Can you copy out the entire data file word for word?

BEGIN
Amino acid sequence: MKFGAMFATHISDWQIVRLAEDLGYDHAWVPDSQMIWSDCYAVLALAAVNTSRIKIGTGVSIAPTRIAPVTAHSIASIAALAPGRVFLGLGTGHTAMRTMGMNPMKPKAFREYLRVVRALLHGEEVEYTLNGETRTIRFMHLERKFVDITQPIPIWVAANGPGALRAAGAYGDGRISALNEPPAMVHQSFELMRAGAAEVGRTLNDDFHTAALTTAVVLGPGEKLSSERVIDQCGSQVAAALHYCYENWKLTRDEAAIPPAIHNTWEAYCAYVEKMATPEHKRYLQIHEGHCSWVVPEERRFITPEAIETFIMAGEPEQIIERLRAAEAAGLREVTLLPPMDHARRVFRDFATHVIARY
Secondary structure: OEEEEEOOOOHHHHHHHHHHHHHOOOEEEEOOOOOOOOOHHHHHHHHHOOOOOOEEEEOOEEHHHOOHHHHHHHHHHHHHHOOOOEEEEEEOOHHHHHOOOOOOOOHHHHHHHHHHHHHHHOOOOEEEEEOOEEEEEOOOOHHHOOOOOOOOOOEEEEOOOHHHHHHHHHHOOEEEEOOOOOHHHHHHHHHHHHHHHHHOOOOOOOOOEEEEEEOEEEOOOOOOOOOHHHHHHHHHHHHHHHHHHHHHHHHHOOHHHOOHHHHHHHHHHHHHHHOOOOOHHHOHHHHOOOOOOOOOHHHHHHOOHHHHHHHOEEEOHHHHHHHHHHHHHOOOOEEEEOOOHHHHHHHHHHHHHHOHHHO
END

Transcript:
Amino acid sequence: MKFGAMFATHISDWQIVRLAEDLGYDHAWVPDSQMIWSDCYAVLALAAVNTSRIKIGTGVSIAPTRIAPVTAHSIASIAALAPGRVFLGLGTGHTAMRTMGMNPMKPKAFREYLRVVRALLHGEEVEYTLNGETRTIRFMHLERKFVDITQPIPIWVAANGPGALRAAGAYGDGRISALNEPPAMVHQSFELMRAGAAEVGRTLNDDFHTAALTTAVVLGPGEKLSSERVIDQCGSQVAAALHYCYENWKLTRDEAAIPPAIHNTWEAYCAYVEKMATPEHKRYLQIHEGHCSWVVPEERRFITPEAIETFIMAGEPEQIIERLRAAEAAGLREVTLLPPMDHARRVFRDFATHVIARY
Secondary structure: OEEEEEOOOOHHHHHHHHHHHHHOOOEEEEOOOOOOOOOHHHHHHHHHOOOOOOEEEEOOEEHHHOOHHHHHHHHHHHHHHOOOOEEEEEEOOHHHHHOOOOOOOOHHHHHHHHHHHHHHHOOOOEEEEEOOEEEEEOOOOHHHOOOOOOOOOOEEEEOOOHHHHHHHHHHOOEEEEOOOOOHHHHHHHHHHHHHHHHHOOOOOOOOOEEEEEEOEEEOOOOOOOOOHHHHHHHHHHHHHHHHHHHHHHHHHOOHHHOOHHHHHHHHHHHHHHHOOOOOHHHOHHHHOOOOOOOOOHHHHHHOOHHHHHHHOEEEOHHHHHHHHHHHHHOOOOEEEEOOOHHHHHHHHHHHHHHOHHHO